3.  Copyblogger

Now this is where we get technical yo.  Copyblogger is one of the great and early granular marketing blogs on the web . . . mostly focused on, well, copy.  Although they’re going through a platform shift (soon to be Rainmaker) it is one of the greatest blogs I’ve read about online marketing.  You’ve heard me preach before how one of the things that I think Broadway shows are overlooking entirely is building an email list and marketing to that email list.  Instead we depend on buying other people’s lists.  Why should we buy other people’s if we have our own, right?  Copyblogger teaches you how to build a list and how to get people on that list to buy.  Read it here.

So it’s ok.  Click those links.  Cheat away.  I don’t believe in blog-onomy.  And our relationship will be even stronger for it.  Just be safe.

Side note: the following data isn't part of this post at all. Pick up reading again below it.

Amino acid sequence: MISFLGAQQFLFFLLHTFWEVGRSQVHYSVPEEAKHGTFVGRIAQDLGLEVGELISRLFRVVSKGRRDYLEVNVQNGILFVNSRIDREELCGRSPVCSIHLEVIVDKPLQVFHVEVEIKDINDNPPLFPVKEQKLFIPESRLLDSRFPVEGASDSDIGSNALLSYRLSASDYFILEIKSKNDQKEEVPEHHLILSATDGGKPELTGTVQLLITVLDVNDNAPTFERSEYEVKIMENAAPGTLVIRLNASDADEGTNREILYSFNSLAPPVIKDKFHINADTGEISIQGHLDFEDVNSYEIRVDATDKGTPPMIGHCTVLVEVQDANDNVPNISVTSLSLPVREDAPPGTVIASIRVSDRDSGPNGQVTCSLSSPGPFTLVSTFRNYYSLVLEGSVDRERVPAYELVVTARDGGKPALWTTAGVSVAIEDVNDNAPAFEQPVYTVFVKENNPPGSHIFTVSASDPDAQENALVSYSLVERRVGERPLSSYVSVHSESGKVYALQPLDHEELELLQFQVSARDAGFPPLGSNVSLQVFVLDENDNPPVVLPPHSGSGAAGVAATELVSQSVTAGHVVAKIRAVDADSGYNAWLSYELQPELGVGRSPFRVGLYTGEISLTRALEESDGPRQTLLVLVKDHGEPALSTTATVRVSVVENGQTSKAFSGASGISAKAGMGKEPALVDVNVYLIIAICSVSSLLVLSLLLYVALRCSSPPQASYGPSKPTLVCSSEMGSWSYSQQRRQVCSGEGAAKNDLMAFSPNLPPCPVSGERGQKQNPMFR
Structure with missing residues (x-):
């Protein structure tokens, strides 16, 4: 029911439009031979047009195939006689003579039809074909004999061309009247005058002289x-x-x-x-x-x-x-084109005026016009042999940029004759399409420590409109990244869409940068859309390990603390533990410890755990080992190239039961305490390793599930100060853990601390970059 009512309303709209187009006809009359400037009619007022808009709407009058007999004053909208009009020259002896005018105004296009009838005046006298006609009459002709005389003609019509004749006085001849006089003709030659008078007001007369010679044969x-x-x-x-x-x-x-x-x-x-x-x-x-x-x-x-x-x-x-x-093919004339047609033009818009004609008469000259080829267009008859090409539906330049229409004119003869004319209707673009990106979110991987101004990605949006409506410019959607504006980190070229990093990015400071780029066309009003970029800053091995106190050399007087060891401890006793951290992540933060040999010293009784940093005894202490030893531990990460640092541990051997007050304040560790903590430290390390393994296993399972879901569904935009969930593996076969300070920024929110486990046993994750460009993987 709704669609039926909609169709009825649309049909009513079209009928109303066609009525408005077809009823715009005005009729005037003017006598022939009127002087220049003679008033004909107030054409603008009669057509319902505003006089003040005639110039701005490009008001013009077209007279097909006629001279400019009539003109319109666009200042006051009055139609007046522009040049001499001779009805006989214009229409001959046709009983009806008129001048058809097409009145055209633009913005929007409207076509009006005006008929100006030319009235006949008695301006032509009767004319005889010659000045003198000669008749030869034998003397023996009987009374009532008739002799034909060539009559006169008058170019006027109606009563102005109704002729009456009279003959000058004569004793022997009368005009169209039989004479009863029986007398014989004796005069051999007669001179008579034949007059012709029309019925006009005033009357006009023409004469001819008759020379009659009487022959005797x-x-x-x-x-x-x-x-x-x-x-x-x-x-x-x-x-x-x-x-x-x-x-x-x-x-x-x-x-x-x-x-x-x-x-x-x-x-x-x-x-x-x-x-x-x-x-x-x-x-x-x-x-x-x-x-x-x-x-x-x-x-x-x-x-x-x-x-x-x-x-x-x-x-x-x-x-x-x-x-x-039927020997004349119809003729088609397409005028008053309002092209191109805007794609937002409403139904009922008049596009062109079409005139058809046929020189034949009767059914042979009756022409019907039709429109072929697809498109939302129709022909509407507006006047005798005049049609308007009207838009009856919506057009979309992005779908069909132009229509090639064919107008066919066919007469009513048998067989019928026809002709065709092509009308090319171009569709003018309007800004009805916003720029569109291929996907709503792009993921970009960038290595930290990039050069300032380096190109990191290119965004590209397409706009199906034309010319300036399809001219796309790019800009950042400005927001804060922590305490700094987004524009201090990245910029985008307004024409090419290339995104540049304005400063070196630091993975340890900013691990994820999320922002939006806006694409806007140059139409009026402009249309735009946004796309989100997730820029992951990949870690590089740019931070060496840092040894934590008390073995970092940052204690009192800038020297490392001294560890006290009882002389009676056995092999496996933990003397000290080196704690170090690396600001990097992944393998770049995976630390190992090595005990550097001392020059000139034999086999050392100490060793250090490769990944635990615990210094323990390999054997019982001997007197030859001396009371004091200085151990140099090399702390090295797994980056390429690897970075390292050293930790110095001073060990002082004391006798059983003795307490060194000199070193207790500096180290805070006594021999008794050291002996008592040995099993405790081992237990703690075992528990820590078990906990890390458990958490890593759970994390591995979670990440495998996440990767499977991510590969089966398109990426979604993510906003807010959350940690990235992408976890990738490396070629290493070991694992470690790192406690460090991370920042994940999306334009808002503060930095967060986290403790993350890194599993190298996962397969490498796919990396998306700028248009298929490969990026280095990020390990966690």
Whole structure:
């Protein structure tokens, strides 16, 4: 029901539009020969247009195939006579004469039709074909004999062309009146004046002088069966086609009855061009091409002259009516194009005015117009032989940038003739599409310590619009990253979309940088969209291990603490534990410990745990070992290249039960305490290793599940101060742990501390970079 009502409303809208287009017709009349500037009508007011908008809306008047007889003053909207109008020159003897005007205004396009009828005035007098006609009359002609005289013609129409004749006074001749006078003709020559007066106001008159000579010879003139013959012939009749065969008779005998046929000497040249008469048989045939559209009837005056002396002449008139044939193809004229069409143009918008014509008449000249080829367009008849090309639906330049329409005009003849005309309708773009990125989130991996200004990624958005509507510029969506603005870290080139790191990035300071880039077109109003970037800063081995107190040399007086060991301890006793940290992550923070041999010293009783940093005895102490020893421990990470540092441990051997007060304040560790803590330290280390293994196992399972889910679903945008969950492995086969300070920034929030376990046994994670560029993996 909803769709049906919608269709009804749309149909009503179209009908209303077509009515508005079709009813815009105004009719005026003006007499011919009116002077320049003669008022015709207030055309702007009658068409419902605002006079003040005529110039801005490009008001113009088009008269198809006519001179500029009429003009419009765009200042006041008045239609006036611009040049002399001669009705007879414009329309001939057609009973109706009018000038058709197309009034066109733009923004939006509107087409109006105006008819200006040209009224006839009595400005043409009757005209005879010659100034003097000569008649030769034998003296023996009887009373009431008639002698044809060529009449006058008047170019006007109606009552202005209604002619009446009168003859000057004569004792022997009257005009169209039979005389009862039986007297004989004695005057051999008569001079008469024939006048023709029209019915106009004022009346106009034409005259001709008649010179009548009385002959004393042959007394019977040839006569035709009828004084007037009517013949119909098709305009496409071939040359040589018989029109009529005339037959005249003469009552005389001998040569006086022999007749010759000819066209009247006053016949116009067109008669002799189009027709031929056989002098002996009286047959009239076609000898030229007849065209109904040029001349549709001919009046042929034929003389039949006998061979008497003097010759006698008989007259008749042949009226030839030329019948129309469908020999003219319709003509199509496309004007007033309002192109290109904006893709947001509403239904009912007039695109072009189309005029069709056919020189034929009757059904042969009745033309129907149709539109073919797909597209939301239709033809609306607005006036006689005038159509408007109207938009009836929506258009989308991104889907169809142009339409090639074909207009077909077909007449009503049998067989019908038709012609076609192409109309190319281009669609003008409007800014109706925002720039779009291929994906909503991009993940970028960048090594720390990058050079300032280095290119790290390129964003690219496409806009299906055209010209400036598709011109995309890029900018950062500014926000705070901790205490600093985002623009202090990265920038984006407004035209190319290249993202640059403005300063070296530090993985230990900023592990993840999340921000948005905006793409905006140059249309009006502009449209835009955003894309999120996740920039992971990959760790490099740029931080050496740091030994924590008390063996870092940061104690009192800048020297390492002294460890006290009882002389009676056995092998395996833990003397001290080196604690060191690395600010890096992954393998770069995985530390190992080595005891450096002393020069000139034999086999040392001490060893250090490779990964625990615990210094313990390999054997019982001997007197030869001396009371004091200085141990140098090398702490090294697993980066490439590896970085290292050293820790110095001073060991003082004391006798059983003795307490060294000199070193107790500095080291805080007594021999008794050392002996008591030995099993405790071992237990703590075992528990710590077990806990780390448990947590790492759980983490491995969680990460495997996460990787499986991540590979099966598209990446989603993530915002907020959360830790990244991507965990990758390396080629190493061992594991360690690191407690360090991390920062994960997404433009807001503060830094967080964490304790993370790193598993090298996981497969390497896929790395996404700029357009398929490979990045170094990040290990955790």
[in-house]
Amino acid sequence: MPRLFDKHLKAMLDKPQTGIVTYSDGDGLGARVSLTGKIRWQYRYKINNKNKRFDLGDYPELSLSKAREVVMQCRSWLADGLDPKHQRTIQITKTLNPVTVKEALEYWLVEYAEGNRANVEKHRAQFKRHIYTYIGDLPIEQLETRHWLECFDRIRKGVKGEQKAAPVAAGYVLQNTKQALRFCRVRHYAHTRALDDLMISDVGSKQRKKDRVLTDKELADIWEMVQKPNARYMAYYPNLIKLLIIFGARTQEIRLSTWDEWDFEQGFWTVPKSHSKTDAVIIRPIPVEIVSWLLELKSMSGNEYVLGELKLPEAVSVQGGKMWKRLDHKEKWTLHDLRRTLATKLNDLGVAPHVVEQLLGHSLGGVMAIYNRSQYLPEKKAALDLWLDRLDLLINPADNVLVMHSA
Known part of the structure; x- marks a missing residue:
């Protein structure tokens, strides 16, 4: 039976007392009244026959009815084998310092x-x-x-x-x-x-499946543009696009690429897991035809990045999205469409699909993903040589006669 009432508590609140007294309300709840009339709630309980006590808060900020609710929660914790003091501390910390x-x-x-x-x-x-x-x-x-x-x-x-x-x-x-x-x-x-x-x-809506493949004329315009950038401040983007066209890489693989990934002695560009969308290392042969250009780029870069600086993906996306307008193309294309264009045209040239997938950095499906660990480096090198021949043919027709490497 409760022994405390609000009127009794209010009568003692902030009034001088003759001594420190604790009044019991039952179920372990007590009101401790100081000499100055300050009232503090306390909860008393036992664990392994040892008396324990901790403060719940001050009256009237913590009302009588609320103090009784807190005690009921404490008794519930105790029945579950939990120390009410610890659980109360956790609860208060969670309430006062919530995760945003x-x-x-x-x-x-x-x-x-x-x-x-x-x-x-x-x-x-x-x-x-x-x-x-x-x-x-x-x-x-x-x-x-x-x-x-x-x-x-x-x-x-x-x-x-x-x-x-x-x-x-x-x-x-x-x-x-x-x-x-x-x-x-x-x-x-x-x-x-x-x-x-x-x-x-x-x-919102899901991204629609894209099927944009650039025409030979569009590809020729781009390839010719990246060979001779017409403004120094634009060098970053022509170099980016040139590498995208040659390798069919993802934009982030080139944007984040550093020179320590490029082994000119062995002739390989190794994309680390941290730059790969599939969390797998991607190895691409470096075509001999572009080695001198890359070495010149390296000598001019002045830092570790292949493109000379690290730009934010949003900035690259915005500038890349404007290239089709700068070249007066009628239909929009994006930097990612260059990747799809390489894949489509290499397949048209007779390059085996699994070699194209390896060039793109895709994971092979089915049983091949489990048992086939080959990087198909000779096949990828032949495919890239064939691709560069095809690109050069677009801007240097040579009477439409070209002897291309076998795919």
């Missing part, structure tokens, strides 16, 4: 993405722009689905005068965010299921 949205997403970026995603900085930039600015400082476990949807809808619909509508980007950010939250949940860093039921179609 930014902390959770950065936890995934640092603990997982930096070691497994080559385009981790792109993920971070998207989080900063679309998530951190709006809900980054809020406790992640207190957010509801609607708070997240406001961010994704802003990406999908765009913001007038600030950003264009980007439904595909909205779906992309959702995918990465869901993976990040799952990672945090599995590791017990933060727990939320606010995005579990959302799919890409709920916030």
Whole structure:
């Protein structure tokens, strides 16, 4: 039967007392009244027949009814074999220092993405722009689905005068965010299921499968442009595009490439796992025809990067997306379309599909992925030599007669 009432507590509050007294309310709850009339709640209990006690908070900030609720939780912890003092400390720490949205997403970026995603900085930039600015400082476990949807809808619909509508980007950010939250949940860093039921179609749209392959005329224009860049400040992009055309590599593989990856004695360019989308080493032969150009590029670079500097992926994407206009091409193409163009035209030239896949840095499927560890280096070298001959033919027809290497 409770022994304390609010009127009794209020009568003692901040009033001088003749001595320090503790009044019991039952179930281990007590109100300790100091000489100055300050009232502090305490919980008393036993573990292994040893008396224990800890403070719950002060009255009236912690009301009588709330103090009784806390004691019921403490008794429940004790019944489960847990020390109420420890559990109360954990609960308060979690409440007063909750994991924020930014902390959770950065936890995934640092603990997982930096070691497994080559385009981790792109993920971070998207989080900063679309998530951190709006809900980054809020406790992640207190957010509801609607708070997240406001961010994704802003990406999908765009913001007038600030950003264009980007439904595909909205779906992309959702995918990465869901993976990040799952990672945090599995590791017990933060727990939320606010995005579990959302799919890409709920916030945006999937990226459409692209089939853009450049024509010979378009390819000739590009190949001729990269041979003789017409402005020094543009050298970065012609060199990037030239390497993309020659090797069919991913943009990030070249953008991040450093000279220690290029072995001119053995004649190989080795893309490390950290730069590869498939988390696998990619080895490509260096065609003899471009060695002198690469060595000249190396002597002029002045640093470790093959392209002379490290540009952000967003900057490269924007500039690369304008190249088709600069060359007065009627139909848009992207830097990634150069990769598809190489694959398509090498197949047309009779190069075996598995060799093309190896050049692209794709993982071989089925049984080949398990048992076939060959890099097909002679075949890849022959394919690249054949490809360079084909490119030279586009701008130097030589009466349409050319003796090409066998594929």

And always come home to me.

 

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Look who is bloggin’ now?

Last week I wrote a blog with my 5 Tips to Starting a Theater Blog.  And lo and behold, one appeared!

Ok, truth time – this new blog didn’t have anything to do with my post, but it’s still a blog that we all should must read.  Why?  Well, it’s written by someone who has access to more ticketing data than anyone in the biz . . . the Shuberts themselves!

Check out the new Shubert Ticketing Blog here (with articles by The Swami himself!).

The most recent entry?  “What’s the Problem with Wednesday Nights?”  Or as I like to call it?  Why does Wednesday night (the worst performance of the week when it comes to grosses) suck so bad?  Is it because it’s “hump day”?  Is it because there’s a matinee for most shows that day?  Is it because Survivor is on?  

Read the blog to find out.

And a big thank you to the Shuberts for opening up their data and sharing their info with us.

Now, let’s just hope they read my tips and have picked that publishing schedule . . . because I can’t wait to see what they come out with next.